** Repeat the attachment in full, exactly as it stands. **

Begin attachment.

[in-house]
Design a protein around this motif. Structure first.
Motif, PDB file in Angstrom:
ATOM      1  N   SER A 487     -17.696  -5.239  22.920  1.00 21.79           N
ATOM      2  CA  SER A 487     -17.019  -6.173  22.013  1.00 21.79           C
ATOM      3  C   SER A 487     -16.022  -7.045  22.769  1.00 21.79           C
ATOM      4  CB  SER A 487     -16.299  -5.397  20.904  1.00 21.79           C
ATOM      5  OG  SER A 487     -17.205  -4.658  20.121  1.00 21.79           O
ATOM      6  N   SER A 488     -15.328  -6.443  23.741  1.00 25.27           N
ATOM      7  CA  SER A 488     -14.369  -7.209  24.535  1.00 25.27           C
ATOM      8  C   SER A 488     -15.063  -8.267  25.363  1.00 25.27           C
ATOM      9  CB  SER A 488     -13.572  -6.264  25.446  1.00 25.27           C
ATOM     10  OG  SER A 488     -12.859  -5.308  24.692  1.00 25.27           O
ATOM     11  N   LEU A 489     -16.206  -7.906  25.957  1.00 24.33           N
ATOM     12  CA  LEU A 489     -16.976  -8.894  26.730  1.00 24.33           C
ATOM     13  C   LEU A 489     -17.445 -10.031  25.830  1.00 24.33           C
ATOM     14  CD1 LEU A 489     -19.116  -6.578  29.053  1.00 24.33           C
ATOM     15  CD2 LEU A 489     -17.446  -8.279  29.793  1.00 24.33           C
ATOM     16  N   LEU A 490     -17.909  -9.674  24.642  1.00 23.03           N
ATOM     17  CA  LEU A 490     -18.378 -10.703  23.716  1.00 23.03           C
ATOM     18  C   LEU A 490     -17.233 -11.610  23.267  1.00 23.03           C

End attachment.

[in-house]
Design a protein around this motif. Structure first.
Motif, PDB file in Angstrom:
ATOM      1  N   SER A 487     -17.696  -5.239  22.920  1.00 21.79           N
ATOM      2  CA  SER A 487     -17.019  -6.173  22.013  1.00 21.79           C
ATOM      3  C   SER A 487     -16.022  -7.045  22.769  1.00 21.79           C
ATOM      4  CB  SER A 487     -16.299  -5.397  20.904  1.00 21.79           C
ATOM      5  OG  SER A 487     -17.205  -4.658  20.121  1.00 21.79           O
ATOM      6  N   SER A 488     -15.328  -6.443  23.741  1.00 25.27           N
ATOM      7  CA  SER A 488     -14.369  -7.209  24.535  1.00 25.27           C
ATOM      8  C   SER A 488     -15.063  -8.267  25.363  1.00 25.27           C
ATOM      9  CB  SER A 488     -13.572  -6.264  25.446  1.00 25.27           C
ATOM     10  OG  SER A 488     -12.859  -5.308  24.692  1.00 25.27           O
ATOM     11  N   LEU A 489     -16.206  -7.906  25.957  1.00 24.33           N
ATOM     12  CA  LEU A 489     -16.976  -8.894  26.730  1.00 24.33           C
ATOM     13  C   LEU A 489     -17.445 -10.031  25.830  1.00 24.33           C
ATOM     14  CD1 LEU A 489     -19.116  -6.578  29.053  1.00 24.33           C
ATOM     15  CD2 LEU A 489     -17.446  -8.279  29.793  1.00 24.33           C
ATOM     16  N   LEU A 490     -17.909  -9.674  24.642  1.00 23.03           N
ATOM     17  CA  LEU A 490     -18.378 -10.703  23.716  1.00 23.03           C
ATOM     18  C   LEU A 490     -17.233 -11.610  23.267  1.00 23.03           C